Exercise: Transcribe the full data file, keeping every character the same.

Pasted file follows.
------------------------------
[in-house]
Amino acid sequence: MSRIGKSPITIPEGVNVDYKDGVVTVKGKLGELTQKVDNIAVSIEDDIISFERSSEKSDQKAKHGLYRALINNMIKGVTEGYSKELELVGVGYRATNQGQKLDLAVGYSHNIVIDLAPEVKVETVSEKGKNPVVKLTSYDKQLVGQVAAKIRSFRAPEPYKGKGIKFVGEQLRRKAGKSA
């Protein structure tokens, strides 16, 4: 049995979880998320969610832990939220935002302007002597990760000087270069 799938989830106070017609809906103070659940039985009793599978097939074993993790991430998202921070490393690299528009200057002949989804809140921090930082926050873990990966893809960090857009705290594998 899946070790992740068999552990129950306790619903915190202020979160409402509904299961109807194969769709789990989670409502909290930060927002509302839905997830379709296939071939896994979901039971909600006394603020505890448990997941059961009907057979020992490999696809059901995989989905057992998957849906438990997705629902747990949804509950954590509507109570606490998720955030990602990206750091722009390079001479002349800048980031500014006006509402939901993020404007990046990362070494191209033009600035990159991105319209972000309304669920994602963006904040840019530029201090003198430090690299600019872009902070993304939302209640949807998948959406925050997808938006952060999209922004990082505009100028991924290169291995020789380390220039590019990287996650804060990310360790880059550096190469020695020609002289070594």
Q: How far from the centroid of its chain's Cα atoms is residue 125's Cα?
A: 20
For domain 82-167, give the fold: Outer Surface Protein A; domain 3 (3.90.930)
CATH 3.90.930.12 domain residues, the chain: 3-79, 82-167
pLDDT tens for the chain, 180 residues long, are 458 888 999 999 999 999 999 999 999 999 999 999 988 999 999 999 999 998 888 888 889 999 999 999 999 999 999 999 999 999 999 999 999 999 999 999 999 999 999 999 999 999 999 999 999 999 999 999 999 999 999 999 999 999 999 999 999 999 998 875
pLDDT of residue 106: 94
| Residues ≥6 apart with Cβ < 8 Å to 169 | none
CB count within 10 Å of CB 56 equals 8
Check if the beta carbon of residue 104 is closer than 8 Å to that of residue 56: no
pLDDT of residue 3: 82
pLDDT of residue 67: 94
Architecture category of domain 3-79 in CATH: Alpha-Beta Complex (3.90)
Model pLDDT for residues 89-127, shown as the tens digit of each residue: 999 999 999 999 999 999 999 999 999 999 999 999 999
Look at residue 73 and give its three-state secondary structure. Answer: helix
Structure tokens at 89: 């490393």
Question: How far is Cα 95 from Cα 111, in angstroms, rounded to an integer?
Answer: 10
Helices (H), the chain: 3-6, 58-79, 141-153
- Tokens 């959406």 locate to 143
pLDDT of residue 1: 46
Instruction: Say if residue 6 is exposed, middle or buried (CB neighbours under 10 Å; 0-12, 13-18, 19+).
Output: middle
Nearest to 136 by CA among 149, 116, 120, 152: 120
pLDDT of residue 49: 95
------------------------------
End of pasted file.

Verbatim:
[in-house]
Amino acid sequence: MSRIGKSPITIPEGVNVDYKDGVVTVKGKLGELTQKVDNIAVSIEDDIISFERSSEKSDQKAKHGLYRALINNMIKGVTEGYSKELELVGVGYRATNQGQKLDLAVGYSHNIVIDLAPEVKVETVSEKGKNPVVKLTSYDKQLVGQVAAKIRSFRAPEPYKGKGIKFVGEQLRRKAGKSA
């Protein structure tokens, strides 16, 4: 049995979880998320969610832990939220935002302007002597990760000087270069 799938989830106070017609809906103070659940039985009793599978097939074993993790991430998202921070490393690299528009200057002949989804809140921090930082926050873990990966893809960090857009705290594998 899946070790992740068999552990129950306790619903915190202020979160409402509904299961109807194969769709789990989670409502909290930060927002509302839905997830379709296939071939896994979901039971909600006394603020505890448990997941059961009907057979020992490999696809059901995989989905057992998957849906438990997705629902747990949804509950954590509507109570606490998720955030990602990206750091722009390079001479002349800048980031500014006006509402939901993020404007990046990362070494191209033009600035990159991105319209972000309304669920994602963006904040840019530029201090003198430090690299600019872009902070993304939302209640949807998948959406925050997808938006952060999209922004990082505009100028991924290169291995020789380390220039590019990287996650804060990310360790880059550096190469020695020609002289070594």
Q: How far from the centroid of its chain's Cα atoms is residue 125's Cα?
A: 20
For domain 82-167, give the fold: Outer Surface Protein A; domain 3 (3.90.930)
CATH 3.90.930.12 domain residues, the chain: 3-79, 82-167
pLDDT tens for the chain, 180 residues long, are 458 888 999 999 999 999 999 999 999 999 999 999 988 999 999 999 999 998 888 888 889 999 999 999 999 999 999 999 999 999 999 999 999 999 999 999 999 999 999 999 999 999 999 999 999 999 999 999 999 999 999 999 999 999 999 999 999 999 998 875
pLDDT of residue 106: 94
| Residues ≥6 apart with Cβ < 8 Å to 169 | none
CB count within 10 Å of CB 56 equals 8
Check if the beta carbon of residue 104 is closer than 8 Å to that of residue 56: no
pLDDT of residue 3: 82
pLDDT of residue 67: 94
Architecture category of domain 3-79 in CATH: Alpha-Beta Complex (3.90)
Model pLDDT for residues 89-127, shown as the tens digit of each residue: 999 999 999 999 999 999 999 999 999 999 999 999 999
Look at residue 73 and give its three-state secondary structure. Answer: helix
Structure tokens at 89: 């490393």
Question: How far is Cα 95 from Cα 111, in angstroms, rounded to an integer?
Answer: 10
Helices (H), the chain: 3-6, 58-79, 141-153
- Tokens 């959406």 locate to 143
pLDDT of residue 1: 46
Instruction: Say if residue 6 is exposed, middle or buried (CB neighbours under 10 Å; 0-12, 13-18, 19+).
Output: middle
Nearest to 136 by CA among 149, 116, 120, 152: 120
pLDDT of residue 49: 95